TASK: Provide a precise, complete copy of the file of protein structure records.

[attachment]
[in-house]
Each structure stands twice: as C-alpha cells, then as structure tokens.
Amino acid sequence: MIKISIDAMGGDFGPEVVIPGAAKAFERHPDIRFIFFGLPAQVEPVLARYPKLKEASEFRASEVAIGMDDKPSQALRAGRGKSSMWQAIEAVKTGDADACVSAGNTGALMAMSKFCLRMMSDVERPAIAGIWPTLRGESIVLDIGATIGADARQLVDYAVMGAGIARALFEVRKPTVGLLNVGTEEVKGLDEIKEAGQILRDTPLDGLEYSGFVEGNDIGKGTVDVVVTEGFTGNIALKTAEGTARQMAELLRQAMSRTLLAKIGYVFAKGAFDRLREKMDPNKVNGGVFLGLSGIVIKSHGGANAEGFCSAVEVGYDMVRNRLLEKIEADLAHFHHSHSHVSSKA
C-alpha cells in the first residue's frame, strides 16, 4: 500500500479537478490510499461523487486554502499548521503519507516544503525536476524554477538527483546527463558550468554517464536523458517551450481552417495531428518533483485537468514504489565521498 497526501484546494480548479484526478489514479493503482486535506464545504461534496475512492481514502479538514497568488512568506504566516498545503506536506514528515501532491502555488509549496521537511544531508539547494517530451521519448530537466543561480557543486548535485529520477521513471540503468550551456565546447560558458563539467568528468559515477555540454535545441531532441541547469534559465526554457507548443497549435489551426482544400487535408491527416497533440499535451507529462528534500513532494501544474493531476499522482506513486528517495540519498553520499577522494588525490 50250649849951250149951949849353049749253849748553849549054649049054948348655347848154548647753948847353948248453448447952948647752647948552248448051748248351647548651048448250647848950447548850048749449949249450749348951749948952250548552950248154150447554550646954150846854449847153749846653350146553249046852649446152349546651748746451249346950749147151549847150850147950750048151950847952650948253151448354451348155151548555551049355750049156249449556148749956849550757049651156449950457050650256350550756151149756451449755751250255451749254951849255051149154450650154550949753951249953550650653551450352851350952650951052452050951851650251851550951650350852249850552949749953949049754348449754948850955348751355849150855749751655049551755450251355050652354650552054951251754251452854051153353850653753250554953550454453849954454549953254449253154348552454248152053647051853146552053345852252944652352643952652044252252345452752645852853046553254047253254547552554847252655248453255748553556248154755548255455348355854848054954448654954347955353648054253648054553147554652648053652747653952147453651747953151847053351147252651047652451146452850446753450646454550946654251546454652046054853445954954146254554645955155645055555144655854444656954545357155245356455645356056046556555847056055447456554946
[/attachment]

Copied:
[in-house]
Each structure stands twice: as C-alpha cells, then as structure tokens.
Amino acid sequence: MIKISIDAMGGDFGPEVVIPGAAKAFERHPDIRFIFFGLPAQVEPVLARYPKLKEASEFRASEVAIGMDDKPSQALRAGRGKSSMWQAIEAVKTGDADACVSAGNTGALMAMSKFCLRMMSDVERPAIAGIWPTLRGESIVLDIGATIGADARQLVDYAVMGAGIARALFEVRKPTVGLLNVGTEEVKGLDEIKEAGQILRDTPLDGLEYSGFVEGNDIGKGTVDVVVTEGFTGNIALKTAEGTARQMAELLRQAMSRTLLAKIGYVFAKGAFDRLREKMDPNKVNGGVFLGLSGIVIKSHGGANAEGFCSAVEVGYDMVRNRLLEKIEADLAHFHHSHSHVSSKA
C-alpha cells in the first residue's frame, strides 16, 4: 500500500479537478490510499461523487486554502499548521503519507516544503525536476524554477538527483546527463558550468554517464536523458517551450481552417495531428518533483485537468514504489565521498 497526501484546494480548479484526478489514479493503482486535506464545504461534496475512492481514502479538514497568488512568506504566516498545503506536506514528515501532491502555488509549496521537511544531508539547494517530451521519448530537466543561480557543486548535485529520477521513471540503468550551456565546447560558458563539467568528468559515477555540454535545441531532441541547469534559465526554457507548443497549435489551426482544400487535408491527416497533440499535451507529462528534500513532494501544474493531476499522482506513486528517495540519498553520499577522494588525490 50250649849951250149951949849353049749253849748553849549054649049054948348655347848154548647753948847353948248453448447952948647752647948552248448051748248351647548651048448250647848950447548850048749449949249450749348951749948952250548552950248154150447554550646954150846854449847153749846653350146553249046852649446152349546651748746451249346950749147151549847150850147950750048151950847952650948253151448354451348155151548555551049355750049156249449556148749956849550757049651156449950457050650256350550756151149756451449755751250255451749254951849255051149154450650154550949753951249953550650653551450352851350952650951052452050951851650251851550951650350852249850552949749953949049754348449754948850955348751355849150855749751655049551755450251355050652354650552054951251754251452854051153353850653753250554953550454453849954454549953254449253154348552454248152053647051853146552053345852252944652352643952652044252252345452752645852853046553254047253254547552554847252655248453255748553556248154755548255455348355854848054954448654954347955353648054253648054553147554652648053652747653952147453651747953151847053351147252651047652451146452850446753450646454550946654251546454652046054853445954954146254554645955155645055555144655854444656954545357155245356455645356056046556555847056055447456554946